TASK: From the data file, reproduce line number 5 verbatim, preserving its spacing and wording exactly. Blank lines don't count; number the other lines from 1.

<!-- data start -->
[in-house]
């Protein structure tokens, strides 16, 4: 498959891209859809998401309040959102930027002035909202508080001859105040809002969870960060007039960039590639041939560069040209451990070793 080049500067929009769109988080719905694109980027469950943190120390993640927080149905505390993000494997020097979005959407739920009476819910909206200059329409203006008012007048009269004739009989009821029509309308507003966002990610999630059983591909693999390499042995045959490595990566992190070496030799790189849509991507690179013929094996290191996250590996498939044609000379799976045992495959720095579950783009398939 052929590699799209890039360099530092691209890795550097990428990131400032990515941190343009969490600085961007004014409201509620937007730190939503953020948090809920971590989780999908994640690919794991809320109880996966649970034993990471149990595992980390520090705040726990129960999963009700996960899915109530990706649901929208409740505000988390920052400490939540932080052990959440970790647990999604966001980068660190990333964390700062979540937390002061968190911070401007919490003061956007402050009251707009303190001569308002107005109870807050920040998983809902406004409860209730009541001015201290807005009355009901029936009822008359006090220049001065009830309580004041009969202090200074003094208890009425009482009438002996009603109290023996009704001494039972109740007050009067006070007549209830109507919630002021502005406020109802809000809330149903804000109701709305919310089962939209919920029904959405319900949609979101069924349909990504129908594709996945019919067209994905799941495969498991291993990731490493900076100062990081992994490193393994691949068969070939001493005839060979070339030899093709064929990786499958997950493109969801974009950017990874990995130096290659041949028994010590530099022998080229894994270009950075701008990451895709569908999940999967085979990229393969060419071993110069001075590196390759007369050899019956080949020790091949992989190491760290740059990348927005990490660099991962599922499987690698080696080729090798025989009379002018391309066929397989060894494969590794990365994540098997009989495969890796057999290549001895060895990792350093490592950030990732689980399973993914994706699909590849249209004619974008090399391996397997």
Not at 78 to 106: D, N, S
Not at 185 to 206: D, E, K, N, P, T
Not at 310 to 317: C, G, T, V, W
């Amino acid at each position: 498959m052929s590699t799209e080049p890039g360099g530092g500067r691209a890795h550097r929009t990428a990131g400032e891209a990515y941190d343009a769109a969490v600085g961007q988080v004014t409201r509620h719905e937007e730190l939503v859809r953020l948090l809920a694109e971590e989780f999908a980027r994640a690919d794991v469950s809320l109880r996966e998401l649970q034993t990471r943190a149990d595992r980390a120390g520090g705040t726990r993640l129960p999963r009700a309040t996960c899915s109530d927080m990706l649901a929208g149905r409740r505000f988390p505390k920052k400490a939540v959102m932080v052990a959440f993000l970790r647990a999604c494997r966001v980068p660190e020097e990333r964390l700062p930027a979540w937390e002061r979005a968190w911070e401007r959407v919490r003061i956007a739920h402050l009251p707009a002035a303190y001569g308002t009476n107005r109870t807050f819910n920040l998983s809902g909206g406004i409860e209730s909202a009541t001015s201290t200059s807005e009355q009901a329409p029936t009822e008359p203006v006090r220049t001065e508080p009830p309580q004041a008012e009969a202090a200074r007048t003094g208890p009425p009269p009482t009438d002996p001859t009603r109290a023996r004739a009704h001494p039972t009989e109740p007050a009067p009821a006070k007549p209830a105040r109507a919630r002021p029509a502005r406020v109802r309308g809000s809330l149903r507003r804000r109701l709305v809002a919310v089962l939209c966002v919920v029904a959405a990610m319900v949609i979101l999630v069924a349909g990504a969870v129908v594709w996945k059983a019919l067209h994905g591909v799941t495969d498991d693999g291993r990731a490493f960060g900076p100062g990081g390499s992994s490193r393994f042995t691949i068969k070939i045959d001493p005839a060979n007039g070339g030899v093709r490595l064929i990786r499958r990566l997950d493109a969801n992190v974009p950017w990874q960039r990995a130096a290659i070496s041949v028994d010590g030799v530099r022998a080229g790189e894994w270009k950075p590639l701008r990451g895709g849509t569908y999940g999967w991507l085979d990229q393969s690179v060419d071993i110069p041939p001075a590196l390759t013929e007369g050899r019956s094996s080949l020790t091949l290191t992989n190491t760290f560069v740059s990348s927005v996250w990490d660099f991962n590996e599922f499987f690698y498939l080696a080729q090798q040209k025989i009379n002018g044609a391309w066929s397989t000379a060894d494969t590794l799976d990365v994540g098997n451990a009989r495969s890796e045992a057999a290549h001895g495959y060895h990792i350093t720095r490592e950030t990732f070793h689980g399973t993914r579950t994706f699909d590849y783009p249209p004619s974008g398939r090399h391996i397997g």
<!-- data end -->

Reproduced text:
Not at 310 to 317: C, G, T, V, W